Frits Veerman en Jaques
Copyright by 1990 Frits Veerman
Phone +31 355258780
E Mail f email@example.com
ICQ nr 53402020
Today, the former spy is the absolute number
one of the pakistani Nuclear Program and treated accordingly. With his
famely he lives an a villa in a luxury area reserved for diplomats,
he has a chauffered limousine an d he is guarded as if he is the ruler
of the whole Asia. Whoever tries to approach him in Block F-8 or gives
the impression of wanting to go in that direction, has suffered the
Not so verry long ago two members of the french Embassy were driving
around the area to look at the interiors of historically interesting
buildings, so they claimed. But they never go that far. Near the Pakistan
Institute of Nuclear Research (unofficially called the Abdoel Quadeer
Khan-laboratory) they were stopped by a group of Pakistanis, who in
no uncertain terms informed the frenchmen that they had stepped far
beyond the boundaries of hospitality. The Pakistani Government apologised
for the incident by way of its Ambassador in Paris, but that didn't
alter the meaning of the message: foreigners should keep away from Kahuta
and all that was kept hidden there.
A few months after this incident the English journalist Chris Sherwell
found out to his cost that Pakistan did indeed not want any intruders.
The Englishman, who was reporting for the Financial Times, wanted an
exclusive with the mysterious Abdoel Khan. Bij using every trick in
the book he succeeded in getting through to Khan's driveway. But that
was as far he got. As soon as he had parked his car, he was rushed by
six men in civil clothes, who, without asking any question, dragged
Sherwell out of the car and hit him where they could hit him. Badly
injured the journalist ended up in hospital. But even there he was not
left in peace; at first the authorities threatened to prosecute and
then he was deported as an undesirable alien, altough he could hardly
stand on his own two legs.
Between 1976 and 1988, when Pakistan due to
the thorough work of a superspy could stand up against India, Abdoel
Khan mainly received people from whom he had nothing to fear or who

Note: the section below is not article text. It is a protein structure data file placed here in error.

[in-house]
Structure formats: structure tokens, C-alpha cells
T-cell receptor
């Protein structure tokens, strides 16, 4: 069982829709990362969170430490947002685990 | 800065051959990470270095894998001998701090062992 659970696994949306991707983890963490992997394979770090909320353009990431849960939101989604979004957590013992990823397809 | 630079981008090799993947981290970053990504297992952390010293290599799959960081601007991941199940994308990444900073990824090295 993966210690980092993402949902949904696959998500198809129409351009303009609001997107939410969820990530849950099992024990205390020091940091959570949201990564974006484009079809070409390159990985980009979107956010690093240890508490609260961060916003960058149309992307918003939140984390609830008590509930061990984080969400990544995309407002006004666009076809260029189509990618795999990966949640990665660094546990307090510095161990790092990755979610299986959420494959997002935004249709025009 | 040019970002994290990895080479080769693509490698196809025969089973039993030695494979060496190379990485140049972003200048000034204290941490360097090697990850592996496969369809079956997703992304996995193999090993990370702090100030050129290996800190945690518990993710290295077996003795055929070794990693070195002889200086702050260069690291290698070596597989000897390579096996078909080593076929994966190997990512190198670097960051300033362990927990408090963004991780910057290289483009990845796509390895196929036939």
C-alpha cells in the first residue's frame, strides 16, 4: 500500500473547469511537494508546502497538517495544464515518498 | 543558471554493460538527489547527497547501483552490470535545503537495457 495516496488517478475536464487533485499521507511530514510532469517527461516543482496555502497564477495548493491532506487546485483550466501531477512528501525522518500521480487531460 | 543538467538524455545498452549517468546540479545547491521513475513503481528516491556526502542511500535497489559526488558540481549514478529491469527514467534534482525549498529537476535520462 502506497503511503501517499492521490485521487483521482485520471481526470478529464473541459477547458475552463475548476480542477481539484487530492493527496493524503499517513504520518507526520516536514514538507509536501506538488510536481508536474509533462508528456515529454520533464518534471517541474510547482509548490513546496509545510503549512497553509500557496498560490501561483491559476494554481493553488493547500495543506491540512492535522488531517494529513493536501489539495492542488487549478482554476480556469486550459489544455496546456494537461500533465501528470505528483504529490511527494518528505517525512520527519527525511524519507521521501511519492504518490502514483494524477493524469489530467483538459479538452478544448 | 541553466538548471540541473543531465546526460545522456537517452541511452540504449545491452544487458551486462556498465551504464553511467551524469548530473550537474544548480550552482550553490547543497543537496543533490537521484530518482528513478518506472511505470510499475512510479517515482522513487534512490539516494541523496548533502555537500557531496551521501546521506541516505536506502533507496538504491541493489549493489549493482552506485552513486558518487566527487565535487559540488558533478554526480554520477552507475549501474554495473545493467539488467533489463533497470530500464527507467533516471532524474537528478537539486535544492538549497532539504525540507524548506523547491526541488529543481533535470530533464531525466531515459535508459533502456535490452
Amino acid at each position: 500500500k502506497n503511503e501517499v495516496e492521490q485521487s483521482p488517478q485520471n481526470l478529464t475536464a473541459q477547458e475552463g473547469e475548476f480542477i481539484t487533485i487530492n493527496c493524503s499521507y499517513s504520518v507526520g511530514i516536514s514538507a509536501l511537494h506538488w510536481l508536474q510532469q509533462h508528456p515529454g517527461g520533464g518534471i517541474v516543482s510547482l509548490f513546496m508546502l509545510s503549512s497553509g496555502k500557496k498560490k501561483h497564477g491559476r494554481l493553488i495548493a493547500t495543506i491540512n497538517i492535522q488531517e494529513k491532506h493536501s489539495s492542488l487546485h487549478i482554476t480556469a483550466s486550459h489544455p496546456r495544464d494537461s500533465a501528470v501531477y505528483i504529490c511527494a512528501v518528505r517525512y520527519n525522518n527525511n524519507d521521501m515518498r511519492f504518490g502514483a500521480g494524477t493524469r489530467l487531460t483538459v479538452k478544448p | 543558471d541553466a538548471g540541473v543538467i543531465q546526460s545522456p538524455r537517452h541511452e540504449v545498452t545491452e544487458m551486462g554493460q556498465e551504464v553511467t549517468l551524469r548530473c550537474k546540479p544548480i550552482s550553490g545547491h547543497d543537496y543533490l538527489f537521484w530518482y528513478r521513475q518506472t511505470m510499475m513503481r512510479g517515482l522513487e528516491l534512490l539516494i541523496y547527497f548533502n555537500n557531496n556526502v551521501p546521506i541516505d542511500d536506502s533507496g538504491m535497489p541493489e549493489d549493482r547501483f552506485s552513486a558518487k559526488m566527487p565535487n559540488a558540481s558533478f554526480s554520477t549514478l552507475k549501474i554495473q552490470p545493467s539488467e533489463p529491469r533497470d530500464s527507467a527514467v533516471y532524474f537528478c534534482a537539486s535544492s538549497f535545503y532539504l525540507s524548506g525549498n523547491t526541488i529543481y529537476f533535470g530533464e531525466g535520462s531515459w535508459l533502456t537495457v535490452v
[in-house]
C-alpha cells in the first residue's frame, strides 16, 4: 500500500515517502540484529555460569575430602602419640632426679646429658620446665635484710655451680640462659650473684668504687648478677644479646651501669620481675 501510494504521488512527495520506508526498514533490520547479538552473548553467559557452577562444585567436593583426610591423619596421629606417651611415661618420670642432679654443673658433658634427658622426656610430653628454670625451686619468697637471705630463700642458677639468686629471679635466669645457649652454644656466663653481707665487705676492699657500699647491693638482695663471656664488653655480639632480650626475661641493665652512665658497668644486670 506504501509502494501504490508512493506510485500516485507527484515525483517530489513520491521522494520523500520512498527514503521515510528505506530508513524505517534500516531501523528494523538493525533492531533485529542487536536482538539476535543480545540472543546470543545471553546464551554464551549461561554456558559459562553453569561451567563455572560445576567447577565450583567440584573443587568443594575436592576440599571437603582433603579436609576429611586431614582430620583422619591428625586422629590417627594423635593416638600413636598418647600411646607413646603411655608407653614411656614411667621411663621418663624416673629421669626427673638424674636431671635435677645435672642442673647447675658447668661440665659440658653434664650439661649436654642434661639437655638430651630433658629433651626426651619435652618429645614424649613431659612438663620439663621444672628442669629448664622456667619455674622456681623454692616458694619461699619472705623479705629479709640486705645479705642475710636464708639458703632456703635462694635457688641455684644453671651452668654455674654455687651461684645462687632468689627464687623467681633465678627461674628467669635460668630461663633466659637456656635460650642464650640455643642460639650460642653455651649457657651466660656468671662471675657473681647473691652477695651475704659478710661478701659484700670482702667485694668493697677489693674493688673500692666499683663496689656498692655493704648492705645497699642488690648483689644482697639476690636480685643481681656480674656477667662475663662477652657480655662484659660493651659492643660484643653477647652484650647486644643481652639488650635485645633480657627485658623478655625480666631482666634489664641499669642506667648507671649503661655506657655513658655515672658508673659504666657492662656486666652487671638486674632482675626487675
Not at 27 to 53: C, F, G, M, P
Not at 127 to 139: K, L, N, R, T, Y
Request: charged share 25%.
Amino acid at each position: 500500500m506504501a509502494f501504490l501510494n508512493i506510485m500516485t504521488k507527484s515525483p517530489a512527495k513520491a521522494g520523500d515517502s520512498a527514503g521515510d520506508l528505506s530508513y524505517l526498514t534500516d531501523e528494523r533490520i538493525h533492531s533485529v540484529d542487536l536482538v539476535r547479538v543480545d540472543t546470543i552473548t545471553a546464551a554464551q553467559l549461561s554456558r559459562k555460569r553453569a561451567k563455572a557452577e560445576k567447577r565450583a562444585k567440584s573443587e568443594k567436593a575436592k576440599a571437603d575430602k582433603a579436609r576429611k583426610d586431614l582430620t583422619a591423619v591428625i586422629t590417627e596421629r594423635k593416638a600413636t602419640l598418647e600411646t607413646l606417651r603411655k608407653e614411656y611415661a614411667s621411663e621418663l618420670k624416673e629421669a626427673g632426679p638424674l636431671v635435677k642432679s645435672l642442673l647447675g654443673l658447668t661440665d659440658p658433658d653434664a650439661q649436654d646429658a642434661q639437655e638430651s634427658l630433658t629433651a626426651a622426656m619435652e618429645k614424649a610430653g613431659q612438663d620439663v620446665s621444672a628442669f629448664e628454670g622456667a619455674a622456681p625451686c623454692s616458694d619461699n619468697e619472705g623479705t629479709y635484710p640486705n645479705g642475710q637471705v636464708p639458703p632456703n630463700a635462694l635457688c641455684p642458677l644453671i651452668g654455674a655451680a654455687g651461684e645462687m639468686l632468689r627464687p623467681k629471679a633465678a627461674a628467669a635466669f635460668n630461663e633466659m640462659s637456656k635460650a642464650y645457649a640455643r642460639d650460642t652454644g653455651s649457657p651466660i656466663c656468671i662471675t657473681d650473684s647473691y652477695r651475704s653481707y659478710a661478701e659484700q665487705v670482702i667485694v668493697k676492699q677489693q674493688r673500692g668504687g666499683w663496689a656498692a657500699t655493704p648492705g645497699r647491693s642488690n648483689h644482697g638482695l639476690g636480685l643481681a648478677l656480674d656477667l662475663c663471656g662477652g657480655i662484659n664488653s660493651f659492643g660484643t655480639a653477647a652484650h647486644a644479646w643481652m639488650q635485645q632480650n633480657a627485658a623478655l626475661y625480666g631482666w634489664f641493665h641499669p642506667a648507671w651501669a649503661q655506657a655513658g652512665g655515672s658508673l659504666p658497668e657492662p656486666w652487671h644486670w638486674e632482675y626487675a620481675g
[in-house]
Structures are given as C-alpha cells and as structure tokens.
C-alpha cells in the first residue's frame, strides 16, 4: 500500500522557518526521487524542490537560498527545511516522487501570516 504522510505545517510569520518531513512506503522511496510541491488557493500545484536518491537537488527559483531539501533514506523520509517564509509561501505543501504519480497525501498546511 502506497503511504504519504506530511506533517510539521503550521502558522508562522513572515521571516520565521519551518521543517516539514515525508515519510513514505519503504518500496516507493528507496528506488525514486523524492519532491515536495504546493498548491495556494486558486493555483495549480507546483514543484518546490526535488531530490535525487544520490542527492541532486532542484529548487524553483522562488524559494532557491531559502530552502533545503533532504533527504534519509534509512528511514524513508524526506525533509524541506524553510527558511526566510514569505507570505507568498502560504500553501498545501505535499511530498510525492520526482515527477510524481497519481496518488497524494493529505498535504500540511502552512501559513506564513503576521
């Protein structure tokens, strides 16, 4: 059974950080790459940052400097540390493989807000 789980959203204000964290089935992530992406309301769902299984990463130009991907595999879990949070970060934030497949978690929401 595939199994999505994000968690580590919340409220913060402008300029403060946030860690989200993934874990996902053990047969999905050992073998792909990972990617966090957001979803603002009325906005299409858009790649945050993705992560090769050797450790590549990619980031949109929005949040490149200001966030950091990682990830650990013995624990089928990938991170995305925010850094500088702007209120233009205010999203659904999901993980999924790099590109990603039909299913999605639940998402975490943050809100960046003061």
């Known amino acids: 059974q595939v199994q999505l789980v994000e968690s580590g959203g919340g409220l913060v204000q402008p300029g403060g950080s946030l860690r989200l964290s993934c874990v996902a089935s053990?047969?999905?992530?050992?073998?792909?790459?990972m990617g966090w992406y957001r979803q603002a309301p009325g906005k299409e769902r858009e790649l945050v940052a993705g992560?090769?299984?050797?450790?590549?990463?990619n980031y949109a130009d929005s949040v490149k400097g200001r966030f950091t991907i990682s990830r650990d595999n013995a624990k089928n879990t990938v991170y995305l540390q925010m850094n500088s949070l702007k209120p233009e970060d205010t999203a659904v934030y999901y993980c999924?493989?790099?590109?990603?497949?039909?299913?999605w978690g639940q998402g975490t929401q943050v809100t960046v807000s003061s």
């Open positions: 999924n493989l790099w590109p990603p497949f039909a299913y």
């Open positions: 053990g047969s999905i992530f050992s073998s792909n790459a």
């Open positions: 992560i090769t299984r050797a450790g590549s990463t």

wished him well. One of these regular visitors was his former tutor
at the Catholic Universety of Leuven ( Belgium), Prof. Dr. M.J. Brabers.
"Abdoel", said the Professor recently, "behaves like
an ordinary famelyman. He enjoys cooking and gardening and he loves
looking after his wife and his two adorable children".
This indicates that Khan is now leading a normal life and is enjoying
his well-earned rest after have done his bit. Nothing is further from
the truth. Abdoel Quadeer Khan still is the pivot on wich the Pakistani
process of nuclear awakening hinges. He doesn't do the dirty work
anymore. A man in his position has others who do that for him; they
are pawns he moves across the chessboard of the world. Also to Holand.
However,it seems that sometimes he just cannot help himself to become
involvd in important matters. Unconformed rumour has it, for instance,
that he stayed at the Kurhaus Hotel in Scheveningen under an assumed
name in March of last year. There he received belgians, germans
and Dutchmen who might be able to help his country.
It seems incredible, but Khan had proved his daring earlier. Beside,
he never completly cut his ties with Holland. When safely back in
Pakistan, he had come to the conclusion that he had overplayed his
hand with the photografer Frits Veerman and that he could not longer
count on any reaction from that quarter. He then leafed through his
old adress-book and contacted former tutors, colleagues, fellow-students
and friends. Some of them took the bait for all sorts of different
Khan's charm and strong arguments certainly were two of those reasons.
Whatever, Frits Veerman wasn't the only Dutschman who had been enlisted
to help Khan, nor did the Dutch contribution to the ambitious pakistani
project end after the official enquiry and Khan's subsequent conviction
There were actually only two differences between the active and the
passive spy Khan: his boss, premier Bhoetto, had been executed for
high treason and had been replaced by Zia-ul-Haq; and secondly Khan
now operated by remote control. Apart from that nothing had changed.
Pakistan still had to get hold of the Bomb at all cost.
But that couldn't be arranged
within 24 hours. It would take time. The Dutchmen who, knowing or unwittingly,
had helped Khan, all stemmed from the period the Pakistani studied at
the institute of technology in Delft. There was his old tutor Prof.
Dr. W.G. Burgers, under whose tutorship Khan graduated in Metallurgy.
Then there were the engineers Langstraat and Slebos. Langstraat had
left the institute in 1966, and had later entered the FDO, where he